With the right technologies in place, it’s possible to build a safer and more sustainable future for shipping through advanced assistance systems and autonomous solutions. This isn’t something that’s coming down the pike in the future, either; Busshoff notes that shipowners can make a difference right now, starting today.

At a high level, advanced assistance systems enable crews to take the right action at the right time, which improves safety and efficiency by automating specific tasks and even new ship designs. More specifically, automation can help:

●Improve situational awareness by combining data from different systems and smart sensors — including radars, lasers, and cameras — to determine what’s happening around the vessel and what’s taking place on board, which helps keep crews alert and aware.

●Use action and control solutions to ensure that vessels make the right decisions, using algorithms to analyze data and determine the best way forward while automating navigation and execution.

●Take the concept of automated dock-to-dock operations to the next level with Wartsila SmartMove, a flagship offering from the company that leverages advanced sensors and high-accuracy ship control systems to support semi-autonomous sailing.

●Disrupt inland and coastal short-distance shipping by using autonomous technology to become a safer, greener, and more efficient link in the logistic supply chain.

Add it all up, and these technologies are transforming the short sea and inland shipping space entirely, bringing more efficiency to the process from both an environmental and productivity perspective.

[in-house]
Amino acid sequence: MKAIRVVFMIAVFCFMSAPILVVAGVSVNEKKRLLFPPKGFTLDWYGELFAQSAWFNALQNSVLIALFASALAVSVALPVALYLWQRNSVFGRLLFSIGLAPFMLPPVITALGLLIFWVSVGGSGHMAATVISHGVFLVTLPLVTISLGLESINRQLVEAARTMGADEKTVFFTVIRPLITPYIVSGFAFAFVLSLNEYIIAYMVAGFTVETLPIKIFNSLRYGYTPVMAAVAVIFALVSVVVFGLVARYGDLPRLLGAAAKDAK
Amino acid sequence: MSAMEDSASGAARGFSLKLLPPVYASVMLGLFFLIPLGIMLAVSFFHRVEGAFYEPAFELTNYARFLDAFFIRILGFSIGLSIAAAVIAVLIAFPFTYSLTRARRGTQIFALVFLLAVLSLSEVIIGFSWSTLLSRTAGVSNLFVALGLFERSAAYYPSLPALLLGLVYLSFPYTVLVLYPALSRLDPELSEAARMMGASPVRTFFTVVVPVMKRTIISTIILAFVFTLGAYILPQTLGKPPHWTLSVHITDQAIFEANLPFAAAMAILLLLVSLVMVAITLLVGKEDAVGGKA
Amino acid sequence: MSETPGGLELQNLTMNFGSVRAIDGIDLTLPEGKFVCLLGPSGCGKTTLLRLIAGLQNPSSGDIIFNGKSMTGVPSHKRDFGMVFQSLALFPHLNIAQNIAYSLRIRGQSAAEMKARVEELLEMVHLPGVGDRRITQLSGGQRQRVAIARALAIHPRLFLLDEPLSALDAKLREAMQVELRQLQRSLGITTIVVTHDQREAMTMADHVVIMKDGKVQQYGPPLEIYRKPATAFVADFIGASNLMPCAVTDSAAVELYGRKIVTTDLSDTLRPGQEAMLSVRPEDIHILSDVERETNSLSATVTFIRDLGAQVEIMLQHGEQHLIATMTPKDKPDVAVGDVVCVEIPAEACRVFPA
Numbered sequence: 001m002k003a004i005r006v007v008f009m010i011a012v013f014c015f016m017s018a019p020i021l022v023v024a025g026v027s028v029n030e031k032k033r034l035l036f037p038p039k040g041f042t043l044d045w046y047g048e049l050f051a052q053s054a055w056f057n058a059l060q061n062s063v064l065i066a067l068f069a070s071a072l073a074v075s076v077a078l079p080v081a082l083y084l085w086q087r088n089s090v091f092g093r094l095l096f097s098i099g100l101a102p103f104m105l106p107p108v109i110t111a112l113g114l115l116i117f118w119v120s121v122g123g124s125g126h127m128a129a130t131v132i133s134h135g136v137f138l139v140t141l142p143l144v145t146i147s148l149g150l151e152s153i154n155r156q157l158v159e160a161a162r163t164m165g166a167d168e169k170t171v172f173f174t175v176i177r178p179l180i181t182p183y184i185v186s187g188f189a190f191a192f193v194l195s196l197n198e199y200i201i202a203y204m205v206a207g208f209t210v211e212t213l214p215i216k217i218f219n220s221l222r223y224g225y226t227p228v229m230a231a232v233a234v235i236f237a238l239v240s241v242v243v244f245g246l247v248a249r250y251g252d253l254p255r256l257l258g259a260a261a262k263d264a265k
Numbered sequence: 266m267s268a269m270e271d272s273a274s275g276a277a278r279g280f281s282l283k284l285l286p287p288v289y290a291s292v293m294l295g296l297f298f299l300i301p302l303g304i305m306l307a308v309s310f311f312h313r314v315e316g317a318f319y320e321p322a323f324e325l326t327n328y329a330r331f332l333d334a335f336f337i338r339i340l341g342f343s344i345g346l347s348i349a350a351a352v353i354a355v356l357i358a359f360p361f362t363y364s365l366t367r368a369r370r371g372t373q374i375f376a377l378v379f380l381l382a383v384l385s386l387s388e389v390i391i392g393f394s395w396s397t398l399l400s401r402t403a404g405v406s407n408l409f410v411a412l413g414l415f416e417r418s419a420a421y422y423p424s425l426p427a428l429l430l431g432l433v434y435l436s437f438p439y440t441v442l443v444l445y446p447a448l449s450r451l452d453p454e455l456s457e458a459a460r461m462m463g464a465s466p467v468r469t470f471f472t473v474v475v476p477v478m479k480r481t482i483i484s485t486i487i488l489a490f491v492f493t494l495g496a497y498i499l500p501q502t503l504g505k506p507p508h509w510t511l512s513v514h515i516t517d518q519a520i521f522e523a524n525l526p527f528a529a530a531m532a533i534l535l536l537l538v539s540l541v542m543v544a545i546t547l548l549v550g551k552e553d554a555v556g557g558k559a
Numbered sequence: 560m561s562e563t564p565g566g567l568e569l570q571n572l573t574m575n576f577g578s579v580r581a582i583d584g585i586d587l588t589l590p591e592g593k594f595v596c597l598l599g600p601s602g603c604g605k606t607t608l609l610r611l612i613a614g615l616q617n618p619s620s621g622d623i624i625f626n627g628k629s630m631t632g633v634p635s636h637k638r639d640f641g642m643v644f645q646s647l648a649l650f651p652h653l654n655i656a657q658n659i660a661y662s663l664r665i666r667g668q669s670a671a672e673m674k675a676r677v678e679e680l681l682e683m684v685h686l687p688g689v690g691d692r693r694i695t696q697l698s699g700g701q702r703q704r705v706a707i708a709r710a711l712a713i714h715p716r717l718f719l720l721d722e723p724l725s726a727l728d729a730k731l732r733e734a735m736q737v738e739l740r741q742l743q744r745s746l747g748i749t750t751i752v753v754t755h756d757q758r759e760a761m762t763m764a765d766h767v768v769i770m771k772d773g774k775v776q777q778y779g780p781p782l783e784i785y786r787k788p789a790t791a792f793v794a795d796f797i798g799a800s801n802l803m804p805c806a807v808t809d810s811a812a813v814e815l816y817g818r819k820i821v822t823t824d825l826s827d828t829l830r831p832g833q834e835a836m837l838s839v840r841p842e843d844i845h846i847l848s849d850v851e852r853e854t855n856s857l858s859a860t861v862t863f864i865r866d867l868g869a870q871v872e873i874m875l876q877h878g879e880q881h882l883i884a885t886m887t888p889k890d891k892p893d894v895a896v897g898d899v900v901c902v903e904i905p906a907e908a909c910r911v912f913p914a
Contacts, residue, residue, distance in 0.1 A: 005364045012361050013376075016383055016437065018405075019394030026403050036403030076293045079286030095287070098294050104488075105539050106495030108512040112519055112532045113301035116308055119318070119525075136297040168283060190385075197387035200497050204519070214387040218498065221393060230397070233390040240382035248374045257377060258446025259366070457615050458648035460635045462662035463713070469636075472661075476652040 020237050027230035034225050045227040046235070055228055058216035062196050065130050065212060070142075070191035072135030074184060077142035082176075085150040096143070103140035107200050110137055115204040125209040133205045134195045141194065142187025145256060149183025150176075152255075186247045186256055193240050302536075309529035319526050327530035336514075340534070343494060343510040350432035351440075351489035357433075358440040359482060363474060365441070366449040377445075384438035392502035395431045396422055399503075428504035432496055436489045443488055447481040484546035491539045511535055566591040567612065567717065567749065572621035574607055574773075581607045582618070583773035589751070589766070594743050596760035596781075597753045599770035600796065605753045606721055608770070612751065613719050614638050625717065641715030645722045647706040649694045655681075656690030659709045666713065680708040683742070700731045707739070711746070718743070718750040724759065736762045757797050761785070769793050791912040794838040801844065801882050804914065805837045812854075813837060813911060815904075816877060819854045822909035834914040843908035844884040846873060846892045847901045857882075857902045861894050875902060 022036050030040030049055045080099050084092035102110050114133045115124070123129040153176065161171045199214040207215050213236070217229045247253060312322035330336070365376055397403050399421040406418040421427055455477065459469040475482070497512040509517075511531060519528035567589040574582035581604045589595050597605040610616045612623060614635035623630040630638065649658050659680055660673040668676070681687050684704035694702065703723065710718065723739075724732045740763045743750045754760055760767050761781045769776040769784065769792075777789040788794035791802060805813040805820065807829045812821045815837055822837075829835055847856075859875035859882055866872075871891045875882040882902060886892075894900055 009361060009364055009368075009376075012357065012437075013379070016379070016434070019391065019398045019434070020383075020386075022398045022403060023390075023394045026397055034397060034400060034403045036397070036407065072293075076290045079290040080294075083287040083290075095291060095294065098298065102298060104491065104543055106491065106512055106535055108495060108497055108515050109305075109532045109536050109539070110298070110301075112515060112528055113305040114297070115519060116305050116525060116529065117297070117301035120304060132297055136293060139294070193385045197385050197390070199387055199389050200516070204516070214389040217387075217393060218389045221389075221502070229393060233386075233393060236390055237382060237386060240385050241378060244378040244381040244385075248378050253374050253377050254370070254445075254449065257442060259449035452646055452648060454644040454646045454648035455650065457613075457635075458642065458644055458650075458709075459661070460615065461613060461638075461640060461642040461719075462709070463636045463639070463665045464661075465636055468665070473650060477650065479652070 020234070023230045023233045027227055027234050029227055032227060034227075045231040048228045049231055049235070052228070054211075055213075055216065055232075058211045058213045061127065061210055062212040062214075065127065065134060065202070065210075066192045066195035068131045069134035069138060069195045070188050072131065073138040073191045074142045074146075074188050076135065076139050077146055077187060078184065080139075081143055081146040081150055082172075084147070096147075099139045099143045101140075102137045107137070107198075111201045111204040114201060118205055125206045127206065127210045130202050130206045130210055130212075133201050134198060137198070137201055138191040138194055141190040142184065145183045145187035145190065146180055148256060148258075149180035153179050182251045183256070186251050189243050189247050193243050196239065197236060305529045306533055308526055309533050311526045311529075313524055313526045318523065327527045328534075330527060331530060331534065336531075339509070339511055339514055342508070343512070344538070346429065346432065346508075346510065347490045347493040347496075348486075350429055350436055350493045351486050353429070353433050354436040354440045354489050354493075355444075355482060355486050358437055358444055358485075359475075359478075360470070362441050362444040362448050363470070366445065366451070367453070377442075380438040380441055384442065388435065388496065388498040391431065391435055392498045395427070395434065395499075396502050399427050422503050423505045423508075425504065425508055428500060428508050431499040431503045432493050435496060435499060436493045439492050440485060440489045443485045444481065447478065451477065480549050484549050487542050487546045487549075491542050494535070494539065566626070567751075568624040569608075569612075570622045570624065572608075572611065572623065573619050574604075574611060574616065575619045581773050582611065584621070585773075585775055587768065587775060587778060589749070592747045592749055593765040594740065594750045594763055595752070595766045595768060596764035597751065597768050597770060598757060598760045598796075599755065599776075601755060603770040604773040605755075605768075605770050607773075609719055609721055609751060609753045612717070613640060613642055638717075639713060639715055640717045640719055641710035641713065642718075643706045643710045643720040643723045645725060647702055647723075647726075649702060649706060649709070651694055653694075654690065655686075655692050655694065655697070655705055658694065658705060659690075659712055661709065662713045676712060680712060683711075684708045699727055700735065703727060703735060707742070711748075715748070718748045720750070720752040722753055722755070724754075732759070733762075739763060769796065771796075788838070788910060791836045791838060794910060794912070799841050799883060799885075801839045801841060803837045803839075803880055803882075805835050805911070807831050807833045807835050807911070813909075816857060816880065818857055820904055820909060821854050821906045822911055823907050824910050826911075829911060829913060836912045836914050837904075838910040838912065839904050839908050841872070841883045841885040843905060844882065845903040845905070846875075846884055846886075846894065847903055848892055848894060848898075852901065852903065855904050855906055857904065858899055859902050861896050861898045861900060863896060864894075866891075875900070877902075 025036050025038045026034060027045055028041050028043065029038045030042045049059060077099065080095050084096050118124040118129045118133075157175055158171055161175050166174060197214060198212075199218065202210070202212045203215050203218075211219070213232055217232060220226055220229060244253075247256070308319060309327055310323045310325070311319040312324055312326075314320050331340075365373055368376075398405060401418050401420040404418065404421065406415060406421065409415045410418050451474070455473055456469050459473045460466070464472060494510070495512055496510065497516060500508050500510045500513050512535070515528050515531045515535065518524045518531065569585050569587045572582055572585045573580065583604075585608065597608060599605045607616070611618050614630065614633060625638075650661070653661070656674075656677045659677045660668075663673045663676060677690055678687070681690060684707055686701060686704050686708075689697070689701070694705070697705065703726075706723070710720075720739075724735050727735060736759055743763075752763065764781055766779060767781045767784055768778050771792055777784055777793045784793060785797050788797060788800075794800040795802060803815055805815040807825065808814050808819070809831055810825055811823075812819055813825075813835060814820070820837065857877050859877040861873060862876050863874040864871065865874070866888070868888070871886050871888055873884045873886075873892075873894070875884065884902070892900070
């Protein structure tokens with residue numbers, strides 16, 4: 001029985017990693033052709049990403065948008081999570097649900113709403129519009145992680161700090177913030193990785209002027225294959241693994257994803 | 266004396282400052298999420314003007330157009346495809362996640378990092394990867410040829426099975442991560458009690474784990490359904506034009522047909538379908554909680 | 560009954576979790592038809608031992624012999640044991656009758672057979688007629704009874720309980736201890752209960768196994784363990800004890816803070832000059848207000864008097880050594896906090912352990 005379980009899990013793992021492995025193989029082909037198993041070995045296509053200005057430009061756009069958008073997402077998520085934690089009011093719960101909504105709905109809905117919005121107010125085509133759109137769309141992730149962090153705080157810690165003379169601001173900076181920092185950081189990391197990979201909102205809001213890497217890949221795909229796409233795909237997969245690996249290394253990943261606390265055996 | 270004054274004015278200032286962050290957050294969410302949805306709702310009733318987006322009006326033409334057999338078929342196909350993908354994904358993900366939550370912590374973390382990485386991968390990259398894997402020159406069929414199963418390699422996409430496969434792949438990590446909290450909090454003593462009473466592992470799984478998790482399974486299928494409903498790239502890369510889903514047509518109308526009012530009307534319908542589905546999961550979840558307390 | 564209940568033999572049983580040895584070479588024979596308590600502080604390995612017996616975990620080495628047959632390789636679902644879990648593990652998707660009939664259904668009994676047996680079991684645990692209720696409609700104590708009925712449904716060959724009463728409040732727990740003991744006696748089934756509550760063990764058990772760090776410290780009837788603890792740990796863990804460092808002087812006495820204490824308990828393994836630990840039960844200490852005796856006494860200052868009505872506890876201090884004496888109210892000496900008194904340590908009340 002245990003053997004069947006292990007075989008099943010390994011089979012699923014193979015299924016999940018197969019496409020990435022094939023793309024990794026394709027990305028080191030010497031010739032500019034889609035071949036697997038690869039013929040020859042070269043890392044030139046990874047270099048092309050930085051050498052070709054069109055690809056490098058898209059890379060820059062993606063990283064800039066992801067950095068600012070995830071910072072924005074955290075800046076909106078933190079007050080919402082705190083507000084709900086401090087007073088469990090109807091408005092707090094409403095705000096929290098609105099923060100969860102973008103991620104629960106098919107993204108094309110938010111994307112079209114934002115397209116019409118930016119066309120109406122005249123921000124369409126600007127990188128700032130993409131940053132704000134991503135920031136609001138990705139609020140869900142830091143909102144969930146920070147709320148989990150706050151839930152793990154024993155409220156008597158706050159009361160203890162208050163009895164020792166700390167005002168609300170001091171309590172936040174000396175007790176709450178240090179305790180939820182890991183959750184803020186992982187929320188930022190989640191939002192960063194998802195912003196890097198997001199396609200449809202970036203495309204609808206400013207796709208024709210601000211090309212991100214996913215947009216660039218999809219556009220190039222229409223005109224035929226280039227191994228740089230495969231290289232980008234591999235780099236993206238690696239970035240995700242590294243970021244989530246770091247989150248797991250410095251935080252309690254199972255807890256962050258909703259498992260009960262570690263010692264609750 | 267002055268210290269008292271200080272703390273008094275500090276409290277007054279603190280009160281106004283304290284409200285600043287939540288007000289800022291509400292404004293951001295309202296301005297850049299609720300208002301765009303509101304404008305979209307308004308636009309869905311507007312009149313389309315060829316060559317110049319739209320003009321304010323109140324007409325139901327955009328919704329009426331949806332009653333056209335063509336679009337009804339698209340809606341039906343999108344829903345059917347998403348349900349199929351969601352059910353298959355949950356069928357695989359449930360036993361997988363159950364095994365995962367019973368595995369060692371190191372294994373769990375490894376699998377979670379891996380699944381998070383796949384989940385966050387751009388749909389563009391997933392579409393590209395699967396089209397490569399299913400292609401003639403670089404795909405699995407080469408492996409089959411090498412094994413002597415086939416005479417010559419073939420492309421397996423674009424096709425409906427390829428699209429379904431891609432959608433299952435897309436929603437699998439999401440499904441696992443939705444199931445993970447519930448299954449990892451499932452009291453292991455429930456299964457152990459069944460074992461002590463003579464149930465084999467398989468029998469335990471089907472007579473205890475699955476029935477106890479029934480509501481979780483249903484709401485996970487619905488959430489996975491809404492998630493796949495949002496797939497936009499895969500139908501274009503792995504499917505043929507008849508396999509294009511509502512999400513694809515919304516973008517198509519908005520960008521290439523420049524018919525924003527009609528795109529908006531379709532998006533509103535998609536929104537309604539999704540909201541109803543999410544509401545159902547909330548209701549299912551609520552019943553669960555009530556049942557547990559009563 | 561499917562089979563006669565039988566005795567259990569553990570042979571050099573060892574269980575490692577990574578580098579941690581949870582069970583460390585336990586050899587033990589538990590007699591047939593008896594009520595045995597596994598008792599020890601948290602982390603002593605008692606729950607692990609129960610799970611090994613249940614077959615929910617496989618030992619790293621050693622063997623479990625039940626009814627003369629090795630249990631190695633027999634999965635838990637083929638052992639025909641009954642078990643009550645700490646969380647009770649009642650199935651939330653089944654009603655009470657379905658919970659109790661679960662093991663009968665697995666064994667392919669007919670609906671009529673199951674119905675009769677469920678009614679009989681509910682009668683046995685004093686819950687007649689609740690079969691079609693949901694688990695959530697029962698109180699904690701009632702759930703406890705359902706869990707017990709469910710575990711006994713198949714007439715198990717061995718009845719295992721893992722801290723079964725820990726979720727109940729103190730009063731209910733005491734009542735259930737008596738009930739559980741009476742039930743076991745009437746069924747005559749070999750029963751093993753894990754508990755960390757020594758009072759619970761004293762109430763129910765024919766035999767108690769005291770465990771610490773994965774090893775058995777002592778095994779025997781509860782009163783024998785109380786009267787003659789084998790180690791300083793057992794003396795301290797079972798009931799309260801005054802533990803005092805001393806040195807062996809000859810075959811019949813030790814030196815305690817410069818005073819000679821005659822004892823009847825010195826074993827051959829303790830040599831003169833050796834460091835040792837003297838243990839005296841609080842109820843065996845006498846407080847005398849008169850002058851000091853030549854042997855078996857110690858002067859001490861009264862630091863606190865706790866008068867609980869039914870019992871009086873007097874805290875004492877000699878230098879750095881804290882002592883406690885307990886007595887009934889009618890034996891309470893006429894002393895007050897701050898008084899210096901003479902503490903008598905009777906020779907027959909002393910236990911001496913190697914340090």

The promise of autonomy for the shipping industry

With the right tools and technologies in place, fleets can begin to unlock the full promise of autonomous ships:

Reduced human error. According to a recent report, 75% of all shipping accidents are caused by human error. By leveraging automation, you can reduce human error substantially, if not eliminate it from the equation entirely.

Improved safety. In addition, automation can help prevent system and equipment failures, further strengthening a vessel’s security stance.

Solving staffing issues. With some reports expecting a shortage of qualified maritime workers in the future, automation can help fleets prepare and stay productive even during labour shortages.

Decarbonisation. In order to comply with emissions mandates from the IMO, the design and operation of vessels needs to be reimagined. Once again, automation can help.

CASE STUDY: PROJECT MAGPIE

Project Magpie: Wartsila is delivering an autonomous, zero-emission container shuttle for the Port of Rotterdam to help decongest and make intra-port container movements greener. It believes that overland transport modes will not be able to absorb the emerging capacity bottleneck for internal container movement. As such, it is working on an autonomous e-barge concept that can greatly enhance efficiency in the Port through automated seaborne cargo transhipment. "Our ambition is to see these container shuttles introduced into a smart logistics network within the next few years," says Hendrik Busshoff. The installation for the autonomous barge will include several of the latest Wartsila solutions, including the SmartMove suite, which provides a unique pairing of sensor tech with navigation systems for safe, automated ship movement. Read more here.

For more information on how Wartsila Voyage can help your fleet incorporate automation into its operations today to better prepare for the future, check this out.